The Aspire S 13 is the latest ultra-slim laptop from Acer, but it enters a competitive market where it will need to fend off competition from the likes of Asus and Samsung.
The latest Aspire notebook starts at $699, roughly £485, yet offers Intel's Skylake sixth-gen Core processors. That undercuts even the well-priced Asus ZenBook UX305 by over £100.
We had the chance to take a closer look at the Aspire S 13 to see how it stands up against the competition and whether Acer has cut corners to achieve the price.
The Aspire S 13 is an attractive notebook in its white and black colour schemes. It is a mere 0.57in at its thickest point, and weighs 1.3kg. It is not the thinnest or lightest ultraportable, but it is more svelte than a MacBook Air.
Acer has achieved this by making generous use of aluminium in the chassis, which has chamfered diamond-cut edges making it look sleek and sharp .
Oddly, we found it surprisingly heavy to hold in one hand compared with other ultraportables and felt that perhaps the weight is not distributed as evenly as it could be.
Acer has used the nano-imprint lithography technique to add a textured finish to the Aspire S 13’s lid to make it less likely to slip out of a user's hands.
But we think the company is trying to solve a problem that does not really exist. The textured finish is interesting and a bit different from other laptops, but we still favour the smooth finish of brushed aluminium.
The Aspire S 13 has a hinge that contrasts with the finish of the lid and which looks good and functions well.
Sadly, things went a little downhill when we opened the laptop and felt the screen's plastic bezel which has a disconcerting amount of flex. We do not expect the average user to continually press at the bezel, but it highlights where Acer has perhaps cut corners to save weight and cost.
The keyboard is responsive, if a tad rubbery, and there is not a great deal of travel. Some may prefer this, but we like more feedback from our keys. Still, it allowed for accurate and speedy typing.
The trackpad is accurate but has flimsy and spongy buttons that lack the responsive click of higher-end ultraportables.
The Aspire S 13 has two USB 3.1 ports and one HDMI and USB Type-C slot, along with a headphone jack. It is not flush with inputs but offers more than enough for most workers' needs.
We would feel a little disappointed by some of the shortcomings in an otherwise lovely design if Acer charged a high price for the Aspire S 13. But its affordability renders this argument mostly moot.
The Aspire S 13 has a decent 13in 1920x1080 FHD IPS display. It's not the sharpest on the market, but offers solid contrast and little in the way of ghosting.
The model we tested had the optional touchscreen, which was responsive and accurate, going a long way to ease the frustrations of some laptop touchscreens.
The display’s colours are very pleasing with the brightness turned up to full. Images look nicely saturated yet avoid appearing unnatural, and the IPS panel offers decent viewing angles.
Operating system and software
The Aspire S 13 comes with Windows 10, which has finally seen Microsoft strike a balance between its tiled touch-friendly UX and traditional desktop interface.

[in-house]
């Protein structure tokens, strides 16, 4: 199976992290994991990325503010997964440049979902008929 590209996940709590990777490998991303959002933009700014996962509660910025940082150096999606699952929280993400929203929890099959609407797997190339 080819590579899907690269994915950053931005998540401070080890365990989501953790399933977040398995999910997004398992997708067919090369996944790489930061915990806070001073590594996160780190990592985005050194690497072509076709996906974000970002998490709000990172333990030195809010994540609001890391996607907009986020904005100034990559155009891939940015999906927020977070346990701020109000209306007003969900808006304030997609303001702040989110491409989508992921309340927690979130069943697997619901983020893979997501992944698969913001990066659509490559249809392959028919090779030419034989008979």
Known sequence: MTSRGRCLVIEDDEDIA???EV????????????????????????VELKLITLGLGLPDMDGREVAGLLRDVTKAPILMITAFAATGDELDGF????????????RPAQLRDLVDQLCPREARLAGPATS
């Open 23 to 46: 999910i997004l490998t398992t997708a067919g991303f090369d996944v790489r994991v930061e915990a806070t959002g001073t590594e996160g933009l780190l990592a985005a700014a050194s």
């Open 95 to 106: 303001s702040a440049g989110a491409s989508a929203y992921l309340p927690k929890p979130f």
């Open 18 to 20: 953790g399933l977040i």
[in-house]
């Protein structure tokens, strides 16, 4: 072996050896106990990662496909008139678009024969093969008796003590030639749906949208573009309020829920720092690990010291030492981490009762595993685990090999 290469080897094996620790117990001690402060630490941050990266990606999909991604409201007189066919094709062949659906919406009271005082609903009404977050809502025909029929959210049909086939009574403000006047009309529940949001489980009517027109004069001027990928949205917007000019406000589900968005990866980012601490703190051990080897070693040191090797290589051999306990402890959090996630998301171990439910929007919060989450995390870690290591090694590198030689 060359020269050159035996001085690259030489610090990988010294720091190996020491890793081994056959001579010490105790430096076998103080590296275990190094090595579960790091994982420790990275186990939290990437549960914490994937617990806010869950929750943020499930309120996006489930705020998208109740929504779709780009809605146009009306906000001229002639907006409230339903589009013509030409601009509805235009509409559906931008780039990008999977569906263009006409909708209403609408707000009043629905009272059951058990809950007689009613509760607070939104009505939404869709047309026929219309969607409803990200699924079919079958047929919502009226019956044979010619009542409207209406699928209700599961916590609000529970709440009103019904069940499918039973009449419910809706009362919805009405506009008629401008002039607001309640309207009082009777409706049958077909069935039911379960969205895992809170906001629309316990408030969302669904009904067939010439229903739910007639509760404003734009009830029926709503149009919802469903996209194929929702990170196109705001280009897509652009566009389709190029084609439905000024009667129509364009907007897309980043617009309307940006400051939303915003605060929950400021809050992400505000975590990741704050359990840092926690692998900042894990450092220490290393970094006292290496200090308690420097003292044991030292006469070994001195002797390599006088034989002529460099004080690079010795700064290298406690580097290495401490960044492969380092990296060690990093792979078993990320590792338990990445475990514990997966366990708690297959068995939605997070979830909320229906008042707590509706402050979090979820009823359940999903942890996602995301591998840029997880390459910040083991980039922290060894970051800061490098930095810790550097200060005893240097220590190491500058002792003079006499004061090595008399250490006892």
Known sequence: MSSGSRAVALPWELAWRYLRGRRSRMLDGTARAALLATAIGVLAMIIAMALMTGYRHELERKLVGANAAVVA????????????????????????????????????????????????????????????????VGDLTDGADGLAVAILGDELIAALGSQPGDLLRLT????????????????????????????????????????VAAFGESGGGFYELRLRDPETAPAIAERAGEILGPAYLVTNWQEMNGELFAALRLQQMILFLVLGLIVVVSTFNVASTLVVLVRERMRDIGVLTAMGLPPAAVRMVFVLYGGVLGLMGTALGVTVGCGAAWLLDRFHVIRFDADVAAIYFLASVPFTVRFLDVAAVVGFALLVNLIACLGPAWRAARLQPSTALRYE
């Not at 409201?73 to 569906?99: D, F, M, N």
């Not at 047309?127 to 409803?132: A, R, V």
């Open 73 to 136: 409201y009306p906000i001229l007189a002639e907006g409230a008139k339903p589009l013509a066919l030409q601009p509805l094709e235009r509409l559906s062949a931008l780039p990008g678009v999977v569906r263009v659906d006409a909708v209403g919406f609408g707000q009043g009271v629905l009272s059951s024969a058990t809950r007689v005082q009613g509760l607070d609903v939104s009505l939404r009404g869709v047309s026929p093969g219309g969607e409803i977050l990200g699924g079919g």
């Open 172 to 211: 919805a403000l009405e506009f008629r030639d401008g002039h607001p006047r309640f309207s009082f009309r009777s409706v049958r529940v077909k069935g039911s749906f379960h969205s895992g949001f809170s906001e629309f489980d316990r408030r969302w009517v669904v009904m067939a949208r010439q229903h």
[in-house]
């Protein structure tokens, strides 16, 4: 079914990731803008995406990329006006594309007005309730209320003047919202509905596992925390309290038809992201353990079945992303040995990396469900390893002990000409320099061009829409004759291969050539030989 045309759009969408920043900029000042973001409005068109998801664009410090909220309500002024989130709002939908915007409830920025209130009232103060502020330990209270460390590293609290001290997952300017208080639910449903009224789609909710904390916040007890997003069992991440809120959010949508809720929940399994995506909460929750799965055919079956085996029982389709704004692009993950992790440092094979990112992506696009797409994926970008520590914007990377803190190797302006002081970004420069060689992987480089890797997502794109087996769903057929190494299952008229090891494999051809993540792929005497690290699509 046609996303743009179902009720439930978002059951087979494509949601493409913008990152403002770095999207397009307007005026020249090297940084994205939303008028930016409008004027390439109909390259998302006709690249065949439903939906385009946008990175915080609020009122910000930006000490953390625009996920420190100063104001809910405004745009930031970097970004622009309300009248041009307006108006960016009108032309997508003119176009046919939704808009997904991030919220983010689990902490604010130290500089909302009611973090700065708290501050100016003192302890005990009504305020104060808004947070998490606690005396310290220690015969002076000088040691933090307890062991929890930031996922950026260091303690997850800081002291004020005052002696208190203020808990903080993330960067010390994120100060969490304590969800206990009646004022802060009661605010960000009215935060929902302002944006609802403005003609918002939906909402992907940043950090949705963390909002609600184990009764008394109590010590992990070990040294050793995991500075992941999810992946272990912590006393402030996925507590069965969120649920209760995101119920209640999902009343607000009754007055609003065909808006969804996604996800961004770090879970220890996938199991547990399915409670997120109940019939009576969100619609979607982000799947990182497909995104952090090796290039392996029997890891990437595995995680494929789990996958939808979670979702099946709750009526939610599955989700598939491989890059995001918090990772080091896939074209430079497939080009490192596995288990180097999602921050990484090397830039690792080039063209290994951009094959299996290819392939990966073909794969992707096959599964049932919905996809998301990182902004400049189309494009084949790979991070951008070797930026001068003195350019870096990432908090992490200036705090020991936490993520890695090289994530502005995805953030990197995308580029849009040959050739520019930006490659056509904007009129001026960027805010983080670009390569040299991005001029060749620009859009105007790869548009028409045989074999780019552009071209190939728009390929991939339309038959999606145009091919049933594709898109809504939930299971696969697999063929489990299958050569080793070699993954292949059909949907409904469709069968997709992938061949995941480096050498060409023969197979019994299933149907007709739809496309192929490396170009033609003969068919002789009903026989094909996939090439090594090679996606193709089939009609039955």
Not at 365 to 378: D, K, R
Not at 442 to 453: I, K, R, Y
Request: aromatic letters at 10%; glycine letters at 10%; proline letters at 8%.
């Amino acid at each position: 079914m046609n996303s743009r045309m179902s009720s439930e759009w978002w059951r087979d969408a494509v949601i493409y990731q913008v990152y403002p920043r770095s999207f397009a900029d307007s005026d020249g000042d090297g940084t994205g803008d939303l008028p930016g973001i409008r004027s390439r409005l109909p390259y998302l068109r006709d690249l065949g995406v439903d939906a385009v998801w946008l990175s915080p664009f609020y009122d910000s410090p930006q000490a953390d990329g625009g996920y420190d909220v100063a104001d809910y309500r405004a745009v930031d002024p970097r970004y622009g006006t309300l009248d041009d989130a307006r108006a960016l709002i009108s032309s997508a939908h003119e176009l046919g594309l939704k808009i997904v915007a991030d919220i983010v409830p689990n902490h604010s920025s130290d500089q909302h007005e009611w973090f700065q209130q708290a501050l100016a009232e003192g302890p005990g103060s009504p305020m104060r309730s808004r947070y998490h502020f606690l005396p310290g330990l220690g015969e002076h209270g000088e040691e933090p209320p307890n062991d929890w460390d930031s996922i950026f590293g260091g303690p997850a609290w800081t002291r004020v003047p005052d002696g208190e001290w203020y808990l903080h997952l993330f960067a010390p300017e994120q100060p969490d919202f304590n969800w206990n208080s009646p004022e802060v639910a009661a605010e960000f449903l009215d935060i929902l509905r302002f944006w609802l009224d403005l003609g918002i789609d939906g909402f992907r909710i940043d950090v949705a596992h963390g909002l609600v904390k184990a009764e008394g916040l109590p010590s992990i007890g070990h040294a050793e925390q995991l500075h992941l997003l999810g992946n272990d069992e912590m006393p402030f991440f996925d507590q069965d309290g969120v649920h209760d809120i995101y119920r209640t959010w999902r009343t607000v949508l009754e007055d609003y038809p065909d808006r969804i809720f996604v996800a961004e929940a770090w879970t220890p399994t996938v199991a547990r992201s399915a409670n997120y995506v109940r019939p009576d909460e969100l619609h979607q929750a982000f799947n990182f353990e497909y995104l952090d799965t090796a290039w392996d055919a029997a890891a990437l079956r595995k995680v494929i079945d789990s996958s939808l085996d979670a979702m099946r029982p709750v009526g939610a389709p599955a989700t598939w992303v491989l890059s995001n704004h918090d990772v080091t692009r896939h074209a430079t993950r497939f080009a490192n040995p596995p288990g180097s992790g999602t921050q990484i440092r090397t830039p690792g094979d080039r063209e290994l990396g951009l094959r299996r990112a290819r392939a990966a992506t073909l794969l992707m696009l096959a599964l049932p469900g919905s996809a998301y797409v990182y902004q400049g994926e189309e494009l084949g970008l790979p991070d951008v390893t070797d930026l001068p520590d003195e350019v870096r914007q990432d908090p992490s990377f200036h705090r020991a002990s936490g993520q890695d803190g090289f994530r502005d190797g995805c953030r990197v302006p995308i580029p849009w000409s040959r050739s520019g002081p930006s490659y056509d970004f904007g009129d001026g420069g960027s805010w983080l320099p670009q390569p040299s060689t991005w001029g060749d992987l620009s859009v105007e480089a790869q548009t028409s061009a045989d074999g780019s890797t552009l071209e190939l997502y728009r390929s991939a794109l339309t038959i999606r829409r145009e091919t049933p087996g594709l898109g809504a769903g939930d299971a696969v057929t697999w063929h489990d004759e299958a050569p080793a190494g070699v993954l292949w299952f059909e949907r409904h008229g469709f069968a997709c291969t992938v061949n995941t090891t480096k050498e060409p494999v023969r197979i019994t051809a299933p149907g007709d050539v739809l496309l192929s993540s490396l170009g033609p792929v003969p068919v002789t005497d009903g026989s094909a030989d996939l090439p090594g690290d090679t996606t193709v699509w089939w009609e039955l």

It works well on the Aspire S 13 when navigating with the trackpad or a digit. Acer has not hampered Windows 10 with a load of unnecessary software either, which is a relief.
The firm has added its TrueHarmony technology which, when combined with the Dolby Atmos sound, means the Aspire S 13 has Skype for Business certification promising to deliver clear, lag-free audio.
We did not get a chance to put this to the test, but any efforts to reduce lag when chatting to someone on the other side of the internet is much appreciated.
Performance and battery life
We will have to wait to get the Aspire S 13 in for a full review before we can really test the battery life and performance. But it seems to put the Intel chip to good use from our experience so far.
The Aspire S 13 launches this month with a choice of Intel’s low-powered but efficient i3U chip and more powerful i5 and i7 CPUs, along with up to 8GB of RAM.
Storage goes up to 512GB, which is not a huge amount but more than enough for people keen to make use of the cloud storage services on offer, including Microsoft’s OneDrive which is now built into Windows 10. We would like to have seen a microSD slot to make it easy to expand the storage capacity.
Acer claims 13 hours of battery life for the Aspire S 13, but this will drop a little when the display brightness in turned up. Still, if the ultraportable can deliver around 10 hours on a single charge that would be more than acceptable.
Acer’s latest ultrabook effort is a mixed bag. The Aspire S 13 looks the part and appears to offer plenty of power for not a lot of money, so we must forgive some of the lacklustre features.
However, Acer will have to fight hard to make the Aspire S 13 appeal to the market. Furthermore, the Switch Alpha 12 Windows 10 hybrid means that Acer will also have to compete with itself, given that both devices have similar specifications and not an enormous difference in price.
But Acer could find success if it aims the Aspire S 13 at businesses and organisations looking to bulk buy ultraportables.
Time will tell how Acer fares with the Aspire S 13, but check back here for the full review when the device launches.